"My dad was a very good athlete who played every sport – baseball, basketball, football, wrestling – but had to pick one for college, which was wrestling. For someone who had played goalie until he was 13, he really understood the sport of hockey. My dad was my coach until I was probably 14 years old, so he had a big impact on me."
His influence, Rafferty suggests, extended beyond the rink.
"He wanted the team to win and guys to succeed, for sure, but the right way," Rafferty said of his father, who now owns his own financial services business, Rafferty & Associates. "He didn't really care about the goals you scored, the assists, or the play on the ice, as long as you gave 110% effort, you controlled your attitude and your emotions, and you were a good teammate."
"My dad's a very old-school kind of guy, very hardworking – that's how you get to where you want to be, and there's no other way to do it. He taught a lot of subtle life lessons to us when we were kids that we probably didn't even understand at the time.
"I attribute a lot of my success in my career to my dad. He was a great coach."
Rafferty credits his father for helping him keep his emotions in check.
"I had a really bad temper growing up," he said. "He helped me with channeling my emotions and managing my anger and doing good on the ice instead of making myself look bad wearing the Rafferty name on my jersey."
It was also his father who convinced him to switch to defense, showing him a list of undrafted free agents who were in the NHL now because they were defensemen.
"I played center at the AA level in Illinois, which is a step below AAA," he said. "I kept getting cut from the AAA team every year, so I would just go and play AA with my buddies and have a great time. I would be one of the better players on the team every year, but I could never make the AAA team."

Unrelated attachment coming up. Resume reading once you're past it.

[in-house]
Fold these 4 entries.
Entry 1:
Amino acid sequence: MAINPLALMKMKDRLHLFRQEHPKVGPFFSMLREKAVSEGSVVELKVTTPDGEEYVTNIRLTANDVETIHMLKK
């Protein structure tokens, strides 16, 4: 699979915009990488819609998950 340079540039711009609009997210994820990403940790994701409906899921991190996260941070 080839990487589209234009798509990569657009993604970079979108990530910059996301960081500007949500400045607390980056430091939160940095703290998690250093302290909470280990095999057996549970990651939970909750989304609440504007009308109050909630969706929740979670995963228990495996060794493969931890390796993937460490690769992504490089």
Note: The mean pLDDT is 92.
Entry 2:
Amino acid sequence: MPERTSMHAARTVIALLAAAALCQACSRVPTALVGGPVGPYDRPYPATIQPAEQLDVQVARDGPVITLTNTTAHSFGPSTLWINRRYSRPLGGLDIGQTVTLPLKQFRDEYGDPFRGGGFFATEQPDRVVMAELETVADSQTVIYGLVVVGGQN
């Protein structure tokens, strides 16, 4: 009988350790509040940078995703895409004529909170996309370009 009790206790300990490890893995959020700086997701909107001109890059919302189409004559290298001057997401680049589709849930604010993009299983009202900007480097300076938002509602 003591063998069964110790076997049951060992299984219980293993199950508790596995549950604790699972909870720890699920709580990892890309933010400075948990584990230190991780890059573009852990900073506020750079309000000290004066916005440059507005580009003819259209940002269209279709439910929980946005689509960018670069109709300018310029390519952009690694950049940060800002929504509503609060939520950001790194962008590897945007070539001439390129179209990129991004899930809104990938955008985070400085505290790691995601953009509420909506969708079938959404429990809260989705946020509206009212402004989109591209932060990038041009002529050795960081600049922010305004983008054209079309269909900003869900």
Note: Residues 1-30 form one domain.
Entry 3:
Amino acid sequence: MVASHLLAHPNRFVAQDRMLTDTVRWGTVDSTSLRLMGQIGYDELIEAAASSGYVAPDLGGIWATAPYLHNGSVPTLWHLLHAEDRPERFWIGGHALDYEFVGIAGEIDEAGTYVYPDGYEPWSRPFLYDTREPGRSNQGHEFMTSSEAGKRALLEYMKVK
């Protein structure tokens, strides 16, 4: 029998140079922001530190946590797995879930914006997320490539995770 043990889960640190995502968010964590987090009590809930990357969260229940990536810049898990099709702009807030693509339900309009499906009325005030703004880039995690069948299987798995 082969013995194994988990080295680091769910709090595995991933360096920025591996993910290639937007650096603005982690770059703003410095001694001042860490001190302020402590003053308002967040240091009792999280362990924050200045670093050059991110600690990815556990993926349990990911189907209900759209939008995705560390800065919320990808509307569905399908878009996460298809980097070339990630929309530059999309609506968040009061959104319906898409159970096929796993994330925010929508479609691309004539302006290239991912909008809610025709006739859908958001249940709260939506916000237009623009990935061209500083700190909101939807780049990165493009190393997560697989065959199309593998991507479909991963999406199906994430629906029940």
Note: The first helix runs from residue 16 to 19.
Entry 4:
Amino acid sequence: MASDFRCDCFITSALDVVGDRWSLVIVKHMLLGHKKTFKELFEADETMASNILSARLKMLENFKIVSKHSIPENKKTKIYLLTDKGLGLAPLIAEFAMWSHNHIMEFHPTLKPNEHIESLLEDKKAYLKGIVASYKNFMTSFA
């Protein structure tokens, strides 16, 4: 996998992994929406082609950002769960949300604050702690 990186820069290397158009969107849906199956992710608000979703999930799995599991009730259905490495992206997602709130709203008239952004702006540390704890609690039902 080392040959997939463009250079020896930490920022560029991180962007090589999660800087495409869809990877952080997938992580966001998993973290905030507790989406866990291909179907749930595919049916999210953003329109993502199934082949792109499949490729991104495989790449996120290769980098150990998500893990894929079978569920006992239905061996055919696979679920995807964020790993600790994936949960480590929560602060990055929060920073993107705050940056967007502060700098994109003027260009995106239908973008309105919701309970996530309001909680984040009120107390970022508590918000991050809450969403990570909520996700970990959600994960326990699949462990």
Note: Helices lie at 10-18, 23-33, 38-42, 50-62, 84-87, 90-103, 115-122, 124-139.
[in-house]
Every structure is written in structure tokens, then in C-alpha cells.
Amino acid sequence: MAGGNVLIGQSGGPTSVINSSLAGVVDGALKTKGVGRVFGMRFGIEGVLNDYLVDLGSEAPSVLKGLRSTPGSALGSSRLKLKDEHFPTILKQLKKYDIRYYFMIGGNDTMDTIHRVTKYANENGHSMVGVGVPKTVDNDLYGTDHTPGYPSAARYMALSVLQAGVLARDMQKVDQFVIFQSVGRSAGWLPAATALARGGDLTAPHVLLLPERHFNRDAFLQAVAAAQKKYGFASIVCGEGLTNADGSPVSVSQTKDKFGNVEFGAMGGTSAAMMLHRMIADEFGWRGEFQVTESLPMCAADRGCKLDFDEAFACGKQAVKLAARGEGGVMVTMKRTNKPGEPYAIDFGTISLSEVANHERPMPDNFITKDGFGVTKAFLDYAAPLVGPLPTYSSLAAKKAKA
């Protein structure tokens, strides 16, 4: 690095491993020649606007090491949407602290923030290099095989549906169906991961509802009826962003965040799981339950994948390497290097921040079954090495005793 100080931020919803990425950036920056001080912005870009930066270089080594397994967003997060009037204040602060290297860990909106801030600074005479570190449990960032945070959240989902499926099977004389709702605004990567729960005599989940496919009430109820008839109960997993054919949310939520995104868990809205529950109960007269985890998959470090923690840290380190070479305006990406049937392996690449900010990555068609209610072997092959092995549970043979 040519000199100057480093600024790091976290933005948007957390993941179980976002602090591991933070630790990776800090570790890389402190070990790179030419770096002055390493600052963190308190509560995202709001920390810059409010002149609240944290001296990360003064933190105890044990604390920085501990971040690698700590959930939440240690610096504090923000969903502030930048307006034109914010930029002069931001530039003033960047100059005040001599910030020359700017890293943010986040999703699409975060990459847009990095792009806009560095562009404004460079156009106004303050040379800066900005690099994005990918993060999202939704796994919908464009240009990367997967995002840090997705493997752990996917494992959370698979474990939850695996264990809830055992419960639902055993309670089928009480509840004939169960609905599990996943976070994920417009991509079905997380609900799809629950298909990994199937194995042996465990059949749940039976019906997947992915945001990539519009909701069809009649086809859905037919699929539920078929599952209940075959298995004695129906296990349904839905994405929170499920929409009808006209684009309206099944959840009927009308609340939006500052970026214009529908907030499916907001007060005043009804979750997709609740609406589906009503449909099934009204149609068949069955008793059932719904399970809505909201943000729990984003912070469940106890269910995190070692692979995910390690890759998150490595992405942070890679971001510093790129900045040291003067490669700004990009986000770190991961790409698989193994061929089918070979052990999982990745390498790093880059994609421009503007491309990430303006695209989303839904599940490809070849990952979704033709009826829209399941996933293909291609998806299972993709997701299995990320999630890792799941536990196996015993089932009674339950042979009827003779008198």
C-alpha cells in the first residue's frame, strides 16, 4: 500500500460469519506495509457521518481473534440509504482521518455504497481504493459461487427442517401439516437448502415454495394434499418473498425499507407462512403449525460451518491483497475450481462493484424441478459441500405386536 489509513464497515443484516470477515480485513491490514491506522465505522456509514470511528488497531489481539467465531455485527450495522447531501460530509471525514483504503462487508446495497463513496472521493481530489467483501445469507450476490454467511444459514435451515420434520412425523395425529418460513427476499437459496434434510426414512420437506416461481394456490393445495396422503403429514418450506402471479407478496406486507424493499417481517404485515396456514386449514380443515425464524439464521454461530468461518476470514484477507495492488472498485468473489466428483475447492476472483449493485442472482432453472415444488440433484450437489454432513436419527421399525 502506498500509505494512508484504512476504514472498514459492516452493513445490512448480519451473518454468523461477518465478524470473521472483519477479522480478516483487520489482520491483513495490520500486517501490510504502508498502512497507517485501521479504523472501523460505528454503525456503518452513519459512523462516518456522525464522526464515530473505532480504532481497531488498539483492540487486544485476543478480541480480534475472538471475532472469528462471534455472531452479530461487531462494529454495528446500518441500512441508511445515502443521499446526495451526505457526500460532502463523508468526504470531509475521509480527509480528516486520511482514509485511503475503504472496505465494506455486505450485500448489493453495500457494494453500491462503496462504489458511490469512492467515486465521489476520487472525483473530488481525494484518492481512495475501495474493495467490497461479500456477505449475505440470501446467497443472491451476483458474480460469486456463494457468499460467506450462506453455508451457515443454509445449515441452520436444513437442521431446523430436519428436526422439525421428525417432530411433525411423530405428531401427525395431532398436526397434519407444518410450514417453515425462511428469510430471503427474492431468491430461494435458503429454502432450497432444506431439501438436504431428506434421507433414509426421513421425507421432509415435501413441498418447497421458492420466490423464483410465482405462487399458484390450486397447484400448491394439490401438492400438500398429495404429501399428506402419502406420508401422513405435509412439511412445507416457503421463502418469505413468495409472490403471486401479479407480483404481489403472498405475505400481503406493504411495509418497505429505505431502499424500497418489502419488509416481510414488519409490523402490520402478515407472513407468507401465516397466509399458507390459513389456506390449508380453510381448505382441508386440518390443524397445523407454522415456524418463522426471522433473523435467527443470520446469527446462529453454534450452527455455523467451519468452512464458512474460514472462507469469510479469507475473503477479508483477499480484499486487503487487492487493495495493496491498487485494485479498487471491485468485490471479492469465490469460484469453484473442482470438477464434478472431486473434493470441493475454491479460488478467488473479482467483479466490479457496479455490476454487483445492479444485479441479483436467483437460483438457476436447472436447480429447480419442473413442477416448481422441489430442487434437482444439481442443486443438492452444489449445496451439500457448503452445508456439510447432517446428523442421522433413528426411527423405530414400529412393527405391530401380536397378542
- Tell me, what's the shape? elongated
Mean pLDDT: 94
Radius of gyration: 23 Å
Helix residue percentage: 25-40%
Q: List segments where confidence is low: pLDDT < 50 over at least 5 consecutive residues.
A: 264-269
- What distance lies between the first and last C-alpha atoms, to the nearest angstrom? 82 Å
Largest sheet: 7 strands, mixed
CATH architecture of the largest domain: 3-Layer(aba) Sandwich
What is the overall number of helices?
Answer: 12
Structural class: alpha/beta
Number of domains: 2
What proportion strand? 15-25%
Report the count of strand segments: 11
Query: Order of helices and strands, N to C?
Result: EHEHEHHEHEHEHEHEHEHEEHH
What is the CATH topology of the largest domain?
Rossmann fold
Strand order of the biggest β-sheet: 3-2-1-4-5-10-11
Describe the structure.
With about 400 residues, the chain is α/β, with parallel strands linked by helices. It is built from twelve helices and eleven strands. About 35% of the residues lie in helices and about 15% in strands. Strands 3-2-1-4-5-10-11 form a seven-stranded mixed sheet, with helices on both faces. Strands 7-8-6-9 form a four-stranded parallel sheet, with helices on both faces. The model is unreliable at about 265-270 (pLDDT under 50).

When it came to playing hockey at a higher level, his name might as well have been mud.
"At the time, I just laughed about it because the NHL wasn't even close to being on the radar," he said. "It was just AAA – not even juniors, not even college and not pro. It was all about the next step. When he showed me the undrafted list, I was open to the idea because I was getting cut every year. So I tried it out."
Rafferty finally had a path to making a name for himself. And then the weirdest thing happened.
"We were at Buffalo Wild Wings, watching sports, hanging out with some of my teammates when my dad got a phone call from the president of the team I was playing for at the time," he said. "He was like, 'Where's Brogan right now?' And my dad says, 'He's right in front of me. Why?'"
News reports announced that Brogan Rafferty was wanted by Akron, Ohio, police on multiple counts, including aggravated murder, robbery, and kidnapping, for the deaths of three men and the injury of a fourth, all of whom responded to a Craigslist help-wanted ad in 2011.